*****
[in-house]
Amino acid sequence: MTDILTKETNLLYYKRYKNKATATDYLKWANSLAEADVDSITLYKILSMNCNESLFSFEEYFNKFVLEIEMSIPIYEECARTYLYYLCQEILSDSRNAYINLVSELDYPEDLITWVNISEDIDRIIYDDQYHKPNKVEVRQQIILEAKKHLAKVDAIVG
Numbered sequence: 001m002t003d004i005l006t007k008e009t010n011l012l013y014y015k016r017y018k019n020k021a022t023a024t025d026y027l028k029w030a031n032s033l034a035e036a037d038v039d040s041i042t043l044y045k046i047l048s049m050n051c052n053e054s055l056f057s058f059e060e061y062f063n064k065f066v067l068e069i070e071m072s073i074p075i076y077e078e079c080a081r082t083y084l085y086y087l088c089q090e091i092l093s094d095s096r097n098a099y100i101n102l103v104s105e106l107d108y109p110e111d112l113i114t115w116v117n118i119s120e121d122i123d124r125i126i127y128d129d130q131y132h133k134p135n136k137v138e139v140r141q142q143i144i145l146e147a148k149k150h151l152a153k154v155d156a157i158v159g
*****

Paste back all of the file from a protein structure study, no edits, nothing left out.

[in-house]
Amino acid sequence: MTDILTKETNLLYYKRYKNKATATDYLKWANSLAEADVDSITLYKILSMNCNESLFSFEEYFNKFVLEIEMSIPIYEECARTYLYYLCQEILSDSRNAYINLVSELDYPEDLITWVNISEDIDRIIYDDQYHKPNKVEVRQQIILEAKKHLAKVDAIVG
Numbered sequence: 001m002t003d004i005l006t007k008e009t010n011l012l013y014y015k016r017y018k019n020k021a022t023a024t025d026y027l028k029w030a031n032s033l034a035e036a037d038v039d040s041i042t043l044y045k046i047l048s049m050n051c052n053e054s055l056f057s058f059e060e061y062f063n064k065f066v067l068e069i070e071m072s073i074p075i076y077e078e079c080a081r082t083y084l085y086y087l088c089q090e091i092l093s094d095s096r097n098a099y100i101n102l103v104s105e106l107d108y109p110e111d112l113i114t115w116v117n118i119s120e121d122i123d124r125i126i127y128d129d130q131y132h133k134p135n136k137v138e139v140r141q142q143i144i145l146e147a148k149k150h151l152a153k154v155d156a157i158v159g